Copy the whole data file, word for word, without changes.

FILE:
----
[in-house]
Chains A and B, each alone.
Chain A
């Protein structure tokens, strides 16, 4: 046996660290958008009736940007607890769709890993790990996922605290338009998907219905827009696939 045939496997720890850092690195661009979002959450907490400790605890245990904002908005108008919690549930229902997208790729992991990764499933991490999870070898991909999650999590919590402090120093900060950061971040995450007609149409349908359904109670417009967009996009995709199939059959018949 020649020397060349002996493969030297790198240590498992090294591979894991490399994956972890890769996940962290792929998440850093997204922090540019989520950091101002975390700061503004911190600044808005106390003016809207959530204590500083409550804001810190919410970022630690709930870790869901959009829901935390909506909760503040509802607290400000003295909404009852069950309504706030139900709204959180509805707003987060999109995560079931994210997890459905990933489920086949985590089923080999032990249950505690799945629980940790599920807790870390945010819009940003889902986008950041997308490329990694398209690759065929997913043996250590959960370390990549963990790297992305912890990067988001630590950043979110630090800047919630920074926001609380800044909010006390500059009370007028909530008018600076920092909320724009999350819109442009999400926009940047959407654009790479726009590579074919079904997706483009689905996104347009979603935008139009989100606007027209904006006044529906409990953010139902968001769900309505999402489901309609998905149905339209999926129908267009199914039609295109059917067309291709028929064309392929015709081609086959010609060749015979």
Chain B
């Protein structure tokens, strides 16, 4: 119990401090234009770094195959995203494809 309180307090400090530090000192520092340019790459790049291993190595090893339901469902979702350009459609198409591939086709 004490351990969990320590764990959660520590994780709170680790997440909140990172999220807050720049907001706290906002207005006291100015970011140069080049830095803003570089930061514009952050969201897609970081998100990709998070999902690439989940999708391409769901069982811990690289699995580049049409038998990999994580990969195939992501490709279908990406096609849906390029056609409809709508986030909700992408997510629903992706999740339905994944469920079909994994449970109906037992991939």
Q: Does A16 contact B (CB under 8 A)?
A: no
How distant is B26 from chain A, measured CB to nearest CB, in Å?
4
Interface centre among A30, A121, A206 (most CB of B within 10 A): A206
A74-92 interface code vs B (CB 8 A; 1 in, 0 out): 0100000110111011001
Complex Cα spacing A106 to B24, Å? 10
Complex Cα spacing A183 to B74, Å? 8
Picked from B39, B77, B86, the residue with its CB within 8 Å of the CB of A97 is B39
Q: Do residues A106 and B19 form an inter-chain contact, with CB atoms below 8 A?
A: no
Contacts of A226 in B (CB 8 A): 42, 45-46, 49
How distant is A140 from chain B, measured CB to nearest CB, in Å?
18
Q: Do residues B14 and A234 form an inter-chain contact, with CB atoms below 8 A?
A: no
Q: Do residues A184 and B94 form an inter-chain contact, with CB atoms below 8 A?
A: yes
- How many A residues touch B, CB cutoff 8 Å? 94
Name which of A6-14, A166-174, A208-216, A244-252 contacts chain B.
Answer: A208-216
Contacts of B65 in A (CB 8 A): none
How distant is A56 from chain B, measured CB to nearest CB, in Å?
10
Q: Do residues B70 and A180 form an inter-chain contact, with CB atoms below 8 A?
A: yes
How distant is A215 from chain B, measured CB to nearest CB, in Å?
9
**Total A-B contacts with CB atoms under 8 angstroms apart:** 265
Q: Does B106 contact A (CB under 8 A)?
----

[in-house]
Chains A and B, each alone.
Chain A
């Protein structure tokens, strides 16, 4: 046996660290958008009736940007607890769709890993790990996922605290338009998907219905827009696939 045939496997720890850092690195661009979002959450907490400790605890245990904002908005108008919690549930229902997208790729992991990764499933991490999870070898991909999650999590919590402090120093900060950061971040995450007609149409349908359904109670417009967009996009995709199939059959018949 020649020397060349002996493969030297790198240590498992090294591979894991490399994956972890890769996940962290792929998440850093997204922090540019989520950091101002975390700061503004911190600044808005106390003016809207959530204590500083409550804001810190919410970022630690709930870790869901959009829901935390909506909760503040509802607290400000003295909404009852069950309504706030139900709204959180509805707003987060999109995560079931994210997890459905990933489920086949985590089923080999032990249950505690799945629980940790599920807790870390945010819009940003889902986008950041997308490329990694398209690759065929997913043996250590959960370390990549963990790297992305912890990067988001630590950043979110630090800047919630920074926001609380800044909010006390500059009370007028909530008018600076920092909320724009999350819109442009999400926009940047959407654009790479726009590579074919079904997706483009689905996104347009979603935008139009989100606007027209904006006044529906409990953010139902968001769900309505999402489901309609998905149905339209999926129908267009199914039609295109059917067309291709028929064309392929015709081609086959010609060749015979």
Chain B
């Protein structure tokens, strides 16, 4: 119990401090234009770094195959995203494809 309180307090400090530090000192520092340019790459790049291993190595090893339901469902979702350009459609198409591939086709 004490351990969990320590764990959660520590994780709170680790997440909140990172999220807050720049907001706290906002207005006291100015970011140069080049830095803003570089930061514009952050969201897609970081998100990709998070999902690439989940999708391409769901069982811990690289699995580049049409038998990999994580990969195939992501490709279908990406096609849906390029056609409809709508986030909700992408997510629903992706999740339905994944469920079909994994449970109906037992991939």
Q: Does A16 contact B (CB under 8 A)?
A: no
How distant is B26 from chain A, measured CB to nearest CB, in Å?
4
Interface centre among A30, A121, A206 (most CB of B within 10 A): A206
A74-92 interface code vs B (CB 8 A; 1 in, 0 out): 0100000110111011001
Complex Cα spacing A106 to B24, Å? 10
Complex Cα spacing A183 to B74, Å? 8
Picked from B39, B77, B86, the residue with its CB within 8 Å of the CB of A97 is B39
Q: Do residues A106 and B19 form an inter-chain contact, with CB atoms below 8 A?
A: no
Contacts of A226 in B (CB 8 A): 42, 45-46, 49
How distant is A140 from chain B, measured CB to nearest CB, in Å?
18
Q: Do residues B14 and A234 form an inter-chain contact, with CB atoms below 8 A?
A: no
Q: Do residues A184 and B94 form an inter-chain contact, with CB atoms below 8 A?
A: yes
- How many A residues touch B, CB cutoff 8 Å? 94
Name which of A6-14, A166-174, A208-216, A244-252 contacts chain B.
Answer: A208-216
Contacts of B65 in A (CB 8 A): none
How distant is A56 from chain B, measured CB to nearest CB, in Å?
10
Q: Do residues B70 and A180 form an inter-chain contact, with CB atoms below 8 A?
A: yes
How distant is A215 from chain B, measured CB to nearest CB, in Å?
9
**Total A-B contacts with CB atoms under 8 angstroms apart:** 265
Q: Does B106 contact A (CB under 8 A)?